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Pets improve your health?

March 18, 2012
tags: ,

Another cause of anxiety: Why does my dog eat grass?

Have you seen those articles about the five or 10 or 200 ways pets can improve your health? Hmmm. I am suspicious. After having a dog around here for a year, I suspect the writers of such articles and the researchers they quote are in cahoots, trying to convince their significant others to get a pet.

Pets are supposed to lower your blood pressure. Yeah, right. Take my blood pressure after Edmund (who’s standing in a foot of snow on the far side of the yard) pretends he doesn’t hear me yelling “Come! Treats! Let’s go inside!” when I’m already running late for an appointment.

Pets are supposed to help with anxiety. Yeah, right. Try my anxiety level when I need to leave the house and can’t find Edmund anywhere, even when I walk through the house and outside rattling a treat bag. Did I somehow forget him outside? Did one of those coyotes in the neighborhood get him? Would my husband ever forgive me if a coyote got him?

Pets are supposed to help people out of social isolation. Folks are supposed to see your cute pet and ask what breed he is and other questions, leading to an expanded social circle. Well, my social life was more active, thanks, when I didn’t have to worry about getting a pet sitter for the weekend. And while it’s true that lots of people ask what kind of dog he is or if he’s Toto (the Cairn terrier in The Wizard of Oz movie), none of these conversations have resulted in dinner invitations or even play dates for our dog.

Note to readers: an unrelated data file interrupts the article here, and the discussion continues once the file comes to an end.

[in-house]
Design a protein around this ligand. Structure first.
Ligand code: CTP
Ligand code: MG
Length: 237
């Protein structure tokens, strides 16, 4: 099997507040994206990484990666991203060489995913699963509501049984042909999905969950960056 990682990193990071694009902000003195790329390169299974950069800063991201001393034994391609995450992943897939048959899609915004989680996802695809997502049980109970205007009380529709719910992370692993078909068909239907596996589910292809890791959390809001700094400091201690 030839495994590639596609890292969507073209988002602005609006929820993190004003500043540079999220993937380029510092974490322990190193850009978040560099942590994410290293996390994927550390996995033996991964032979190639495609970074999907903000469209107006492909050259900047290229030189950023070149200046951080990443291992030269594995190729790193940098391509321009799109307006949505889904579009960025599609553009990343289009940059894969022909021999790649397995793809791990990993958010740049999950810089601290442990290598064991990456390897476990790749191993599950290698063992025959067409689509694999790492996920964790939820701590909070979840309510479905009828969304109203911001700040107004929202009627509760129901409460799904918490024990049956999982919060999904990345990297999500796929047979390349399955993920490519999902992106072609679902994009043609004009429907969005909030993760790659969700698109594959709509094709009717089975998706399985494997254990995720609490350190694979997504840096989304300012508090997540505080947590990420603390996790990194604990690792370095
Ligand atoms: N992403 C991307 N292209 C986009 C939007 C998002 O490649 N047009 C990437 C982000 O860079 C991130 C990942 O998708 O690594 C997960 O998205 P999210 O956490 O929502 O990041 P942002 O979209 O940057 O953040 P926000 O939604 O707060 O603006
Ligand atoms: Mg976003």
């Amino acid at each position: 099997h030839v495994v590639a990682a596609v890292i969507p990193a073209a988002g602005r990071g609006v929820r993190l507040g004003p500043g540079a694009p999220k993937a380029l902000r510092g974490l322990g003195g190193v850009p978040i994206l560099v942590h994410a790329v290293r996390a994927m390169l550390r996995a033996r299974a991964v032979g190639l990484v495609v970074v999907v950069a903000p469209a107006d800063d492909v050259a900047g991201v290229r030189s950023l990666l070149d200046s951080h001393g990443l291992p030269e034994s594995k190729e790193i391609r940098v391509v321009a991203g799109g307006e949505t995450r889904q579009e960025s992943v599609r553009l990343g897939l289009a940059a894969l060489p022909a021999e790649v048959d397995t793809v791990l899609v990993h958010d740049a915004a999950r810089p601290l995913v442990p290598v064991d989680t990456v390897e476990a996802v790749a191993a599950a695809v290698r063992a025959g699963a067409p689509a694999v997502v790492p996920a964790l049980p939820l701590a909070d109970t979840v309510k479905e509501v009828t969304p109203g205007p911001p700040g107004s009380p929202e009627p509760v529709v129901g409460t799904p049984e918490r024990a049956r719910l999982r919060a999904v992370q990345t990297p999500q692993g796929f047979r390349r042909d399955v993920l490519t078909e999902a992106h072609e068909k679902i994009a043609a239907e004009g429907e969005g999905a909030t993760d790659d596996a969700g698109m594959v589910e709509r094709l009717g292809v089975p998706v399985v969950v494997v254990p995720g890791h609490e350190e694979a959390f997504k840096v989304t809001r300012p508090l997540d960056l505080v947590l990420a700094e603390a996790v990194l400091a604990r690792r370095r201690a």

Studies have shown that Alzheimer’s patients have fewer anxious outbursts if there is an animal in the home. I wouldn’t have an outburst, either, if there was a vicious looking animal hanging around.

Walking a dog provides exercise. This was one of the key selling points my husband used. But some days, it’s just too hot, too cold, too icy, too rainy, too dark, too humid or too something else to walk a dog, Hubby says. To be fair, I do get exercise turning the treadmill off and on and bending over to offer treats while trying to teach Edmund to walk on the treadmill. And I do get exercise crawling under the bed to coax Edmund out when he hides behind the shoes at bedtime.

Playing with a pet can elevate levels of serotonin and dopamine, which are a lot more legal and cheaper than heroin and cocaine.  I suspect dealing with Edmund sometimes elevates my levels of a couple of other chemicals, especially when I discover he’s used the floor by the ping pong table for a litter box.

Male pet owners have lower triglyceride and cholesterol levels than non-owners. I’m guessing that is because they share their greasy table food with their pets when their wives aren’t looking. Better check their pets’ numbers.

Pet owners with certain diseases have less depression than those without pets. Frankly I got a little heartburn and depression after I tallied the year’s expenses under the “pet” category. But this was before, of course, I considered all the health benefits of having a pet, which no doubt saved lots of money.

For couples, in addition to all the health benefits of caring for a pet, there are also all the relationship benefits of being doggie parents or kitty parents together. Like how kind I was the day…

Well, I think I’ll save that discussion for another day.

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3 Comments leave one →
  1. marcie olseh permalink
    March 18, 2012 5:15 pm

    Dog on treadmill!
    Brilliant!!!

  2. Judy Kallestad permalink
    March 19, 2012 4:43 am

    A really fun read! Tom & I do miss being doggie & kitty parents.

  3. becky stephens permalink
    March 20, 2012 6:31 am

    enjoyed ur story as usual, but i do love my dog and horses. (sometimes more than people)

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